If you run a modern business, you may be interested in hybrid work models. These are office working patterns when staff members split their time between working in the office and remotely. They could operate mainly in the office, mainly remotely or split their time half-and-half between the two.
Hybrid working models became immensely popular during the Covid-19 pandemic when staff worldwide had to work from home. And because of improving technology allowing a lot of business to be conducted online, it looks like they are here to stay.
But how do you choose the best hybrid work model for your business?
Each office is different, so selecting a suitable hybrid working model for your workplace could be challenging. You might even find that some staff are more appropriate for in-office work and others prefer to work from home. In this article, we will list the different hybrid working models and help you decide which is most suitable for you and your staff members.
Hybrid working models can be anything from working remotely one day per month to more or less full time, or just coming into the office for some in-person meetings.
Hybrid working models differ from total remote work, in which the employee will never meet their employer in person, and all meetings will be conducted online. They also differ from sole in-office roles, when a professional cannot work from home and does not have the technology or other tools to do so.
There’s a massive spectrum of hybrid working models; we’ll look at some of the most popular ones below.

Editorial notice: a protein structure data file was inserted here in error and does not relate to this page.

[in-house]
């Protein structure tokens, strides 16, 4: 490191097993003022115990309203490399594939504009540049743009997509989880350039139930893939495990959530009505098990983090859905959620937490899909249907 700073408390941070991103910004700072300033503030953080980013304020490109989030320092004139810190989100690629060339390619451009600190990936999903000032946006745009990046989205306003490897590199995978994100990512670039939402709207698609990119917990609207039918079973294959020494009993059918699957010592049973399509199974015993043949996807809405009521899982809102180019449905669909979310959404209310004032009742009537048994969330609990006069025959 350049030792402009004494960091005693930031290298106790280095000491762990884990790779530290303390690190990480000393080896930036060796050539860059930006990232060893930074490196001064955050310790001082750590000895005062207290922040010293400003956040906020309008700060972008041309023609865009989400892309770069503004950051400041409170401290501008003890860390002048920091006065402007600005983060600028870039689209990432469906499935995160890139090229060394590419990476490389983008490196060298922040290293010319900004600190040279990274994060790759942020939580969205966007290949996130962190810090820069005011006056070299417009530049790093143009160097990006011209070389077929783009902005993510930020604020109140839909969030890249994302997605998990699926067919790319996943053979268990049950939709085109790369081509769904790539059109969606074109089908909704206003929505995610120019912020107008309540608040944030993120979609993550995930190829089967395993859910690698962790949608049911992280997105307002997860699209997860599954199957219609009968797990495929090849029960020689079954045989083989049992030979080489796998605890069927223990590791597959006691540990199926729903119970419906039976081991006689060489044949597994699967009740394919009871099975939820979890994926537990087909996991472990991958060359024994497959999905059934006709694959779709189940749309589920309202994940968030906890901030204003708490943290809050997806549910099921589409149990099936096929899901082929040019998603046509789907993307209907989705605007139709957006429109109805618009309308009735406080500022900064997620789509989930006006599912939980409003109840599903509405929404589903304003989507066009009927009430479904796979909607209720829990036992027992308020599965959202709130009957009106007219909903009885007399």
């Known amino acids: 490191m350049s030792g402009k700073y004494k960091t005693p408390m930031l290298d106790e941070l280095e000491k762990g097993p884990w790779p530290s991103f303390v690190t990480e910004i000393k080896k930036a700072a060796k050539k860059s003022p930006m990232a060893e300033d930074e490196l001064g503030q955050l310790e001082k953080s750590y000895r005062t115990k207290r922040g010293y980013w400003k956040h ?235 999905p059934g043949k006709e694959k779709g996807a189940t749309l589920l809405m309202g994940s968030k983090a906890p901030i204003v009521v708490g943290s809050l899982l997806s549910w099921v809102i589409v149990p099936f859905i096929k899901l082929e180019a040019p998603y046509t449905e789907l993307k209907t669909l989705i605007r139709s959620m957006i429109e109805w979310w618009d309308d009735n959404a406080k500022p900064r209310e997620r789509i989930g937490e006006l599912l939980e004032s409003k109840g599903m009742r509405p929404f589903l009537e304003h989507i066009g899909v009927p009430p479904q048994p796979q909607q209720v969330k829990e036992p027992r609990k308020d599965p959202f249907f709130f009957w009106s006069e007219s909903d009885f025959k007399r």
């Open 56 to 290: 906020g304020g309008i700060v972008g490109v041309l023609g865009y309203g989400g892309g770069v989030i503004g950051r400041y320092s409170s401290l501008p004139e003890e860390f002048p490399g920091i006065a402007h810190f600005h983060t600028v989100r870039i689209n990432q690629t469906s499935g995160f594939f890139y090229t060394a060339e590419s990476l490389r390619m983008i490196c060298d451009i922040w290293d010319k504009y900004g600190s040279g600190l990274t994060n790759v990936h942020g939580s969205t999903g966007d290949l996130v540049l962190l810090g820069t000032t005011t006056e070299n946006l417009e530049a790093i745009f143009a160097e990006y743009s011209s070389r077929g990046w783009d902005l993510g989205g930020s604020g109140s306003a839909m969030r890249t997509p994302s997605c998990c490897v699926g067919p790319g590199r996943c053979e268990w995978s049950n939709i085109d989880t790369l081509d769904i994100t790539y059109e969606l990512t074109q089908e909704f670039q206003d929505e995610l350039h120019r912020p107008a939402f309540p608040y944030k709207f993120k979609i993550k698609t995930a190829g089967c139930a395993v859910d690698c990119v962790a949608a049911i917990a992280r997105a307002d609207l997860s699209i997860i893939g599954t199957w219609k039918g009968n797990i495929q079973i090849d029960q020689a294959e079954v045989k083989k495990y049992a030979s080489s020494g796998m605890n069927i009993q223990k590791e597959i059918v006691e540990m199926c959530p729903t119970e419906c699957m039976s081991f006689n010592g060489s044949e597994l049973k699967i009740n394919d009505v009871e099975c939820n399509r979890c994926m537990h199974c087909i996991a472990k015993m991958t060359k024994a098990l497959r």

This hybrid working schedule typically consists of going into the office most of the time but working from home on an occasional day. Professionals may work from home every Friday, for example.
This can be a good compromise for workplaces that don’t have much infrastructure to work remotely but want to move with workplace changes and expectations, particularly those of millennials who favour a more flexible working schedule.
In contrast, employees who work primarily remotely will spend most of their working week at home or in another remote location, perhaps a cafe or coworking space. They might just come in once a week or less, usually to have face-to-face meetings or to do other collaborative work.
This is a great solution for workplaces that only have small offices but the capability to conduct most business online. It enables some in-person contact still, but also allows employee flexibility and reduces office costs.
The half-and-half hybrid work model is favoured by a lot of employers, and it looks to be a popular working model beyond the pandemic. It entails working from home for 2-3 days per week and working remotely on the other 2-3 days per week. Depending on the company and employee, these may be the same 2-3 days, or they could change each week.
This is a popular option because employees can still enjoy all of the benefits of working remotely (such as no commute time and more flexibility) and experience the social aspects and other advantages of going into the workplace.
Here are some questions to ask yourself when selecting which hybrid work model is best for your business.
One of the biggest obstacles between employees and working remotely is technology. So, before deciding on a hybrid working pattern that involves any at-home work, it’s a good idea to discuss it with your employees.
You’ll need to determine whether you will provide them with a computer or if they will use their own device. If they use their own, you might want to discuss offering some maintenance compensation.